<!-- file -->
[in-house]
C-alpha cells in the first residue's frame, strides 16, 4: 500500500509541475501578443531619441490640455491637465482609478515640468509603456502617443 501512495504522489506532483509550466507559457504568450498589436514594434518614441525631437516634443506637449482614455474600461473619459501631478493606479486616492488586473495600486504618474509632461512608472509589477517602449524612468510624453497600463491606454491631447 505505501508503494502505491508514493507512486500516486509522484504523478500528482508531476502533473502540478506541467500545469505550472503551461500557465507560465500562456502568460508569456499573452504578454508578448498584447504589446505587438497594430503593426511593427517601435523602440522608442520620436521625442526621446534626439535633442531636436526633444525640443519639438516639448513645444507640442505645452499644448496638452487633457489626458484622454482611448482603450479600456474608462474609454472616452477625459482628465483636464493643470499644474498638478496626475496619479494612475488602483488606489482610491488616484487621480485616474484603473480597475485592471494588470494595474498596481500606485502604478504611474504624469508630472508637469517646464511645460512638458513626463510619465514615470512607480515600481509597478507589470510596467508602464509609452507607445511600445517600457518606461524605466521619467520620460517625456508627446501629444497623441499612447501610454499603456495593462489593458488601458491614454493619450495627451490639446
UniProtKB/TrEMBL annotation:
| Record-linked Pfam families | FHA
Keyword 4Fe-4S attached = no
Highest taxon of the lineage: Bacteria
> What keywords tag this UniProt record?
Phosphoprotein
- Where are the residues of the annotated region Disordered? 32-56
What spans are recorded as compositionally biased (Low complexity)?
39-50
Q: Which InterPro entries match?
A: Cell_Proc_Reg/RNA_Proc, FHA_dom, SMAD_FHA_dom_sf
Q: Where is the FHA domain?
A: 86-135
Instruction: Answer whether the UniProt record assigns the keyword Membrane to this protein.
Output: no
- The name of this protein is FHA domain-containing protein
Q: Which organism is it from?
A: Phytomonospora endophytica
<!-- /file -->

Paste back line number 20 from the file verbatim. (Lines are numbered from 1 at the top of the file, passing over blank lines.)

A: Phytomonospora endophytica